"I think that one of the most important, concrete results that's likely to emerge is that Putin is eager to have a Russian military presence involved in peacekeeping operations in Iraq, which is something that meets his national interest, because it allows Russia to re-establish contacts in the region that it doesn't have unless it is cooperating with the United States," Marten said. "And a very stunning set of comments has emerged over the last couple of days, where Putin has actually said that he would be happy to have Russian troops serve under U.S. command. You may remember that in the Kosovo peacekeeping operations, that was something which was a big area of conflict between the two countries."
Nicholas Redman of the Economist Intelligence Unit in London tells RFE/RL that any deal will be the result of intense negotiation and is likely to include economic benefits for Russian oil companies.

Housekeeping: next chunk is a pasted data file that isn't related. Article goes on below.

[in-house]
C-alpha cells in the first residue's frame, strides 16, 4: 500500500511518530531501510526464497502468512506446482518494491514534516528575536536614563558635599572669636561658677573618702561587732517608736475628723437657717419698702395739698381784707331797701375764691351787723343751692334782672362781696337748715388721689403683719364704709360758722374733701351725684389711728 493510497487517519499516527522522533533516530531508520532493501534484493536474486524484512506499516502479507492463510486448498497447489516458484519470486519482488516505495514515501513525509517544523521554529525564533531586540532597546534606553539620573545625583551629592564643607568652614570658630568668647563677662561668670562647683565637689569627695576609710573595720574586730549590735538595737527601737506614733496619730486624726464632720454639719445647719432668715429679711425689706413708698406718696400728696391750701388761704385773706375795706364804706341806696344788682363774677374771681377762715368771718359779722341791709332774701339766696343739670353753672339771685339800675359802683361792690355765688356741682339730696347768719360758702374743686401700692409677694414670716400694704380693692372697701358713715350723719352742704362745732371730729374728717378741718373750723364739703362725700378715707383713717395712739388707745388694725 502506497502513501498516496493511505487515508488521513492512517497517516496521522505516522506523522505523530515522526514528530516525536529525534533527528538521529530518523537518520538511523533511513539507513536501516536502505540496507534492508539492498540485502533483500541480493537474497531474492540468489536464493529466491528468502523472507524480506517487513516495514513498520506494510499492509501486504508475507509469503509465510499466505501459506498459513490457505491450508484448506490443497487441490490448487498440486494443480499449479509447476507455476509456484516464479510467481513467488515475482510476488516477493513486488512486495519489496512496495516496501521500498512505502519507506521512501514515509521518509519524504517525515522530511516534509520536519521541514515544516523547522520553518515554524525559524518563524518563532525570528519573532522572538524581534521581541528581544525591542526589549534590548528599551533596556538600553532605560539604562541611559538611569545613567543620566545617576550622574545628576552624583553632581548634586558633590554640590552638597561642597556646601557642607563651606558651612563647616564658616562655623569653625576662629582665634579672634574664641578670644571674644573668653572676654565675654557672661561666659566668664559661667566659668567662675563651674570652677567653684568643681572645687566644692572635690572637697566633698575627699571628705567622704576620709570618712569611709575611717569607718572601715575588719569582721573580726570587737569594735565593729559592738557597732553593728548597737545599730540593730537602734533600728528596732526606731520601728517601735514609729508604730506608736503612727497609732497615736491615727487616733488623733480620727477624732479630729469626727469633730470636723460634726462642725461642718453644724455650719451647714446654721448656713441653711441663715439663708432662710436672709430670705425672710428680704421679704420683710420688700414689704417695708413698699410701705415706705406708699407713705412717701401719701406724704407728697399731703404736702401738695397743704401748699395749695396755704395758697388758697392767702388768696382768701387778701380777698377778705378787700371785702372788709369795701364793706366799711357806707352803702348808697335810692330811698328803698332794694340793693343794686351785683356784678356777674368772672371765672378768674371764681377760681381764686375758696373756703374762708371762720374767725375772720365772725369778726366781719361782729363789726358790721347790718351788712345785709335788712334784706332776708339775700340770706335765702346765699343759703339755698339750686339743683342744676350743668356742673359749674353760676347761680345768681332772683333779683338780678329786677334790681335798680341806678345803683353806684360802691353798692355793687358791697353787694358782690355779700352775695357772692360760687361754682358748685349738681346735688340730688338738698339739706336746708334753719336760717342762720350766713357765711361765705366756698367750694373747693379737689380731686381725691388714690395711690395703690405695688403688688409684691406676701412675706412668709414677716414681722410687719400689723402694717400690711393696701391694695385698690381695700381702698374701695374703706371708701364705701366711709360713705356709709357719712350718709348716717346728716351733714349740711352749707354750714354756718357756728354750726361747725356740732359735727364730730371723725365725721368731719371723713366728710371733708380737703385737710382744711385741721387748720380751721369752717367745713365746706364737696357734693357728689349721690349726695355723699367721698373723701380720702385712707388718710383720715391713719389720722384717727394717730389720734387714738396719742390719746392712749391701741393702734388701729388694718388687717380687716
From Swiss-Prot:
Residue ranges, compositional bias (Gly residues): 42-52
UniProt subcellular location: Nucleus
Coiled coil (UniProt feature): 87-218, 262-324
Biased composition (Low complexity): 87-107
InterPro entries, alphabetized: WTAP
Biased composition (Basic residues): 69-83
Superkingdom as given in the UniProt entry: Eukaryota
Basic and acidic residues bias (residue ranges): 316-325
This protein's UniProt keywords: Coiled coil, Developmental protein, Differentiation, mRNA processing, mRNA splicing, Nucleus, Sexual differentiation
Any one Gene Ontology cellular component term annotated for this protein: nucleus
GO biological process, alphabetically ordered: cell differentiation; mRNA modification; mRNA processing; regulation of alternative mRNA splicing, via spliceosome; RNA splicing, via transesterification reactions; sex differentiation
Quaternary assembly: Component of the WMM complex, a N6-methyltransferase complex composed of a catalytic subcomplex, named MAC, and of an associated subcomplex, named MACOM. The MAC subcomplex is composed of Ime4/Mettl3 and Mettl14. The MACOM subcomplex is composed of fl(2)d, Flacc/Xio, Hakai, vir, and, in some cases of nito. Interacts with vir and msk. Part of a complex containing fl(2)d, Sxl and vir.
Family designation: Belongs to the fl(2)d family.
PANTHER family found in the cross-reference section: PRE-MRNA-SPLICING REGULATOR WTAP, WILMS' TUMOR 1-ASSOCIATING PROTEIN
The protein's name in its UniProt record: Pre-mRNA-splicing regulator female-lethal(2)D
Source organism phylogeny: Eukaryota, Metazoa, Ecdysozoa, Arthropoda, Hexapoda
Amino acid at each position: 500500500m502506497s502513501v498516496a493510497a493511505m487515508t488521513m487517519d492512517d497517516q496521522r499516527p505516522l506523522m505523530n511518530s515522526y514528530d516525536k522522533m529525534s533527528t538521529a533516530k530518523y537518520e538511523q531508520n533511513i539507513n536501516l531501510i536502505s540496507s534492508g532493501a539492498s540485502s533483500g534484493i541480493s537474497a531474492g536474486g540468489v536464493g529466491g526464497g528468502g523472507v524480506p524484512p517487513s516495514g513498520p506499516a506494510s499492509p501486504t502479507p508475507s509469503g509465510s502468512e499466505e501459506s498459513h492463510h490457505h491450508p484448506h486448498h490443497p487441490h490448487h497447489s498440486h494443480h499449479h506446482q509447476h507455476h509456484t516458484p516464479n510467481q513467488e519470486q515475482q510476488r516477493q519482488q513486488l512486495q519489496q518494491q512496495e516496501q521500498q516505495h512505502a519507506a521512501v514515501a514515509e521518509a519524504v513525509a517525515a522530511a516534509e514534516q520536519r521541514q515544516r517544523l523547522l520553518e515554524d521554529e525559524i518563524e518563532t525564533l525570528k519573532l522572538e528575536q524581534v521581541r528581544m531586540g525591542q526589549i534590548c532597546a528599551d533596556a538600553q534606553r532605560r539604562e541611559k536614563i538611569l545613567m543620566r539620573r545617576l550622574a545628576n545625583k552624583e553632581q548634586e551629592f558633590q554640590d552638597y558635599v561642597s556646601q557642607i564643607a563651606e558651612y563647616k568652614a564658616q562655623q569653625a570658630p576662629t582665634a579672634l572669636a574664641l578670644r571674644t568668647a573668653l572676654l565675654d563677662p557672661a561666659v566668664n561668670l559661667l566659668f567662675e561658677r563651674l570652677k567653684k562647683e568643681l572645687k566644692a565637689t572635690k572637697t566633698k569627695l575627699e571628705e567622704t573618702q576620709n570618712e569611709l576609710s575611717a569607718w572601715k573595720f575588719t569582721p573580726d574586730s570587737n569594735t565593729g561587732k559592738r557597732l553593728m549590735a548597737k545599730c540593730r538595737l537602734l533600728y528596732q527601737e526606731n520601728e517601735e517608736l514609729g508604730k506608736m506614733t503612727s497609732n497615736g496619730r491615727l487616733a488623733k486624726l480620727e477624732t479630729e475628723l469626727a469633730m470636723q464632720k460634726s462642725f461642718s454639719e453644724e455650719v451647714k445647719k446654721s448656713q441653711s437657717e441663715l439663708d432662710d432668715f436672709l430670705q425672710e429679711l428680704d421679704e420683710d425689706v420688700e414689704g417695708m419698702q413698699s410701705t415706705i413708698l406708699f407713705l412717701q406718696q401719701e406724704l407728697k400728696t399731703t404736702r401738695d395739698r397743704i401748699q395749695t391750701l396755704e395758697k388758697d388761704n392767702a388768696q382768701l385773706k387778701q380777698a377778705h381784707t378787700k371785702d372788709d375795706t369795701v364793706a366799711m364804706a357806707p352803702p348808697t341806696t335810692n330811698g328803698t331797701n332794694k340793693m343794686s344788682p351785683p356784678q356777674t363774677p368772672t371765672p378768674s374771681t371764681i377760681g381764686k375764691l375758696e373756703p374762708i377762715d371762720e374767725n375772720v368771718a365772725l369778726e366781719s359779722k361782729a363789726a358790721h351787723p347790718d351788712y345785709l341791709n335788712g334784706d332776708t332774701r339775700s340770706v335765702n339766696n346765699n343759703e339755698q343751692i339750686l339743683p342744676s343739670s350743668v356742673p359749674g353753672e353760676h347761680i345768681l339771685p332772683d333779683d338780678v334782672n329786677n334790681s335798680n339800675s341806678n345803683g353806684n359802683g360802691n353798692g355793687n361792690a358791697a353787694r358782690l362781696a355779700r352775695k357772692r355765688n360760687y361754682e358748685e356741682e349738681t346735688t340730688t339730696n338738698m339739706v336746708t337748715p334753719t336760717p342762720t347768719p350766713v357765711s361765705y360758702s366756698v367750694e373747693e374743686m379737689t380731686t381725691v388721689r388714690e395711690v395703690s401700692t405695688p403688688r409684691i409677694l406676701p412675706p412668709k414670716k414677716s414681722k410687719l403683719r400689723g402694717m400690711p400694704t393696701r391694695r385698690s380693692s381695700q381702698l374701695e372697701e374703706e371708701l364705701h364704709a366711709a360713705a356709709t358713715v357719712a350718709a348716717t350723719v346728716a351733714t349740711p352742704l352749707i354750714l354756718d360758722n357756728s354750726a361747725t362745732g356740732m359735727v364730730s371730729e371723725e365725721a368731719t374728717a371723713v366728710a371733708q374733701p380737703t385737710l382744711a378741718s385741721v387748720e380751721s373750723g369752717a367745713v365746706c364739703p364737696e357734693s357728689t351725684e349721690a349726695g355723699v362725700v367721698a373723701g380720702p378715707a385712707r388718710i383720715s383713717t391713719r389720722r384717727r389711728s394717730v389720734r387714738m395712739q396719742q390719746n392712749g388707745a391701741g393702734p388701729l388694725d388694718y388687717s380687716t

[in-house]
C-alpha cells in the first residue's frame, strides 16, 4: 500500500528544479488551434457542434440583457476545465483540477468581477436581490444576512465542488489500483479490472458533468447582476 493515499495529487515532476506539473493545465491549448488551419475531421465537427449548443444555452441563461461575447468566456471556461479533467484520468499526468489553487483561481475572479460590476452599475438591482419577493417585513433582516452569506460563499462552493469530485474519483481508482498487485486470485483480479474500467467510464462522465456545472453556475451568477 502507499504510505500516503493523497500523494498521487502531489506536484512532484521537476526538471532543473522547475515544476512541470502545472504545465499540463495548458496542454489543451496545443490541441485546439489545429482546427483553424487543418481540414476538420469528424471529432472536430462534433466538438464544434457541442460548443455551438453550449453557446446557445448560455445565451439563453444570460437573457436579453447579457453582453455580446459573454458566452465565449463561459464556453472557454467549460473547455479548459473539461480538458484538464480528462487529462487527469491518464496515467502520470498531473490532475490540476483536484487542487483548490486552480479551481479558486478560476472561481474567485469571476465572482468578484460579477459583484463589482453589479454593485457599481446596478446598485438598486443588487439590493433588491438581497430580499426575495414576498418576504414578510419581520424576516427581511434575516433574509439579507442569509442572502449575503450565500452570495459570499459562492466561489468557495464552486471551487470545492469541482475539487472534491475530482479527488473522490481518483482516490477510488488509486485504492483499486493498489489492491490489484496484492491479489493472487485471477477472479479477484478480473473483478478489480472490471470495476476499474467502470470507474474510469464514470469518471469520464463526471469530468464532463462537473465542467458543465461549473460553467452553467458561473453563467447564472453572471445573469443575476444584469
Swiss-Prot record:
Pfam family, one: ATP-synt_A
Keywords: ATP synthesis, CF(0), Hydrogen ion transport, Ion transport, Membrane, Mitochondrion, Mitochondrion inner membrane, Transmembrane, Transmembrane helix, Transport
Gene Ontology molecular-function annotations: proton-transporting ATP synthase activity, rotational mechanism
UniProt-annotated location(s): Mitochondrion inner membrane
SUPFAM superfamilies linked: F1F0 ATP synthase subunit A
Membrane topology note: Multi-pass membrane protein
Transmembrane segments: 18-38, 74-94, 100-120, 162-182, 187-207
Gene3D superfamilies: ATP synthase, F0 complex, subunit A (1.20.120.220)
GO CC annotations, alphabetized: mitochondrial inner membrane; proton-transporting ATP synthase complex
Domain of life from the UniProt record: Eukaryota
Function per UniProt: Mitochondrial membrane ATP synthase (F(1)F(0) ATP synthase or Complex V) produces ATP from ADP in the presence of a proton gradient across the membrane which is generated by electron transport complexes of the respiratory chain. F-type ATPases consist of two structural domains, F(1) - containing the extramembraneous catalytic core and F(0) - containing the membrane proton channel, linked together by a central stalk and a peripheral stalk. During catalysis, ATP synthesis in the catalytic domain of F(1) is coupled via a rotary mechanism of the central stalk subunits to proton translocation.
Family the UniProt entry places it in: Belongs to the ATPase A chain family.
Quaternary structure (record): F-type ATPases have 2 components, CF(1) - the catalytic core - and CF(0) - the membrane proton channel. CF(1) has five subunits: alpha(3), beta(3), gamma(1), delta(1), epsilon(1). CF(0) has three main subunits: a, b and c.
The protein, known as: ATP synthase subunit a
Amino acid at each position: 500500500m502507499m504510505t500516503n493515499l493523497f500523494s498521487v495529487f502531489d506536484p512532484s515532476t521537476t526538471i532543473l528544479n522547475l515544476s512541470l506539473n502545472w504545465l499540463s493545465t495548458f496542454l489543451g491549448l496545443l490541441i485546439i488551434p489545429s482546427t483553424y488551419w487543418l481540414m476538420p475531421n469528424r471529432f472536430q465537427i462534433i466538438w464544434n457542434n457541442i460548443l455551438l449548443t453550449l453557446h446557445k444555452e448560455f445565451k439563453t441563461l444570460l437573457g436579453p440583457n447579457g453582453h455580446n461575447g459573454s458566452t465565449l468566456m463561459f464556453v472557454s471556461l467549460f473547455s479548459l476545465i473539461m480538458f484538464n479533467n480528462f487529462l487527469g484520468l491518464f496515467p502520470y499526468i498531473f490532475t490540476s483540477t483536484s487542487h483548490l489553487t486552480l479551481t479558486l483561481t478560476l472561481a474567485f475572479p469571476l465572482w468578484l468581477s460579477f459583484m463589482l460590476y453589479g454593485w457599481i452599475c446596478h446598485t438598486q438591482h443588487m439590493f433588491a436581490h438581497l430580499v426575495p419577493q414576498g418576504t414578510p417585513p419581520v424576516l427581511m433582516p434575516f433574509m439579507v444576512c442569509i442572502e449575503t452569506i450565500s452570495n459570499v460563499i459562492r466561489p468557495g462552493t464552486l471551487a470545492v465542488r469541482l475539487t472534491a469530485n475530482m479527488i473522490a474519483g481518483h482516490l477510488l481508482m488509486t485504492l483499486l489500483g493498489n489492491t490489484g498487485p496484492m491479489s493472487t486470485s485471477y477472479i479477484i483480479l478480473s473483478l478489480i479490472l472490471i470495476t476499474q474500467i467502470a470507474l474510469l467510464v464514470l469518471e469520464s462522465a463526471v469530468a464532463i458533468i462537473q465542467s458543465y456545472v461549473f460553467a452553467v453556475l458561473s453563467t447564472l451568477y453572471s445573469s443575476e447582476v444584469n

"I think particularly with the negotiations on a UN resolution, it would certainly not be surprising if -- as quid pro quo -- the Russian firms, particularly those holding contracts in pre-war Iraq, were invited back in some form. I don't think necessarily they would be reinstated with the contracts as they were. But that might not be a bad thing for Russian firms. I think some of them would be quite eager," Redman said.
Reports yesterday that inspectors from the International Atomic Energy Agency (IAEA) may have uncovered further traces of enriched uranium in Iran are also likely to prompt Bush to renew his call for Russia to curb its nuclear cooperation with Tehran.
Bush yesterday told reporters that he will raise the issue during his talks with Putin. He said Tehran faces what he called "universal condemnation" if it keeps pursuing a nuclear weapons program. Iran denies that it is seeking to develop nuclear weapons.
Russia find itself in a bind with Iran, says Redman. On the one hand, the Putin administration wants to complete the lucrative contract for the Bushehr nuclear power plant it is building for Iran, but it shares U.S. concerns about nuclear proliferation.
"There's no way Russia wants to lose its links with Iran. There's no way it wants to lose the trade. But at the same time, Putin is going to be very clear that there's no interest in nuclear proliferation to Iran. And so the question is whether [Putin] can strike a balance, whether he can push the Iranians very slowly into compliance with the IAEA without losing the link or losing the trade, if possible," Redman says.